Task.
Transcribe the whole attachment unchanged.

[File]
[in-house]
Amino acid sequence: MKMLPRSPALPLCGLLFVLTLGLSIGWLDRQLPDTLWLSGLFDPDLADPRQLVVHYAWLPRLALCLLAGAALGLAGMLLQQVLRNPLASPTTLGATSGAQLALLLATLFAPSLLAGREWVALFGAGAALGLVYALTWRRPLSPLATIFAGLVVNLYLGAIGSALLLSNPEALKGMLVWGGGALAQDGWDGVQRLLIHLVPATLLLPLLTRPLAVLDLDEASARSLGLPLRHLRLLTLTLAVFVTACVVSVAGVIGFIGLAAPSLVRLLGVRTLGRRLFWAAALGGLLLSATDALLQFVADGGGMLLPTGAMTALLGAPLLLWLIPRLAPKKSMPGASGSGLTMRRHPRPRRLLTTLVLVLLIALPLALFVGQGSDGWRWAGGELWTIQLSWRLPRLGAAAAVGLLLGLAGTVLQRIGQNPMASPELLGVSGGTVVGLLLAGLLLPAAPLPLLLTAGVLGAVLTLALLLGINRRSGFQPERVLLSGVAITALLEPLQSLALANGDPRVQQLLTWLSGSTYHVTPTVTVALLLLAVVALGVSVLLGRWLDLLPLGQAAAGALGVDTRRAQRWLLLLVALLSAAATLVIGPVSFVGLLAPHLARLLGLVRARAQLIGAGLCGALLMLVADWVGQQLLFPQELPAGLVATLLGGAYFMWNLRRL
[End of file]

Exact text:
[in-house]
Amino acid sequence: MKMLPRSPALPLCGLLFVLTLGLSIGWLDRQLPDTLWLSGLFDPDLADPRQLVVHYAWLPRLALCLLAGAALGLAGMLLQQVLRNPLASPTTLGATSGAQLALLLATLFAPSLLAGREWVALFGAGAALGLVYALTWRRPLSPLATIFAGLVVNLYLGAIGSALLLSNPEALKGMLVWGGGALAQDGWDGVQRLLIHLVPATLLLPLLTRPLAVLDLDEASARSLGLPLRHLRLLTLTLAVFVTACVVSVAGVIGFIGLAAPSLVRLLGVRTLGRRLFWAAALGGLLLSATDALLQFVADGGGMLLPTGAMTALLGAPLLLWLIPRLAPKKSMPGASGSGLTMRRHPRPRRLLTTLVLVLLIALPLALFVGQGSDGWRWAGGELWTIQLSWRLPRLGAAAAVGLLLGLAGTVLQRIGQNPMASPELLGVSGGTVVGLLLAGLLLPAAPLPLLLTAGVLGAVLTLALLLGINRRSGFQPERVLLSGVAITALLEPLQSLALANGDPRVQQLLTWLSGSTYHVTPTVTVALLLLAVVALGVSVLLGRWLDLLPLGQAAAGALGVDTRRAQRWLLLLVALLSAAATLVIGPVSFVGLLAPHLARLLGLVRARAQLIGAGLCGALLMLVADWVGQQLLFPQELPAGLVATLLGGAYFMWNLRRL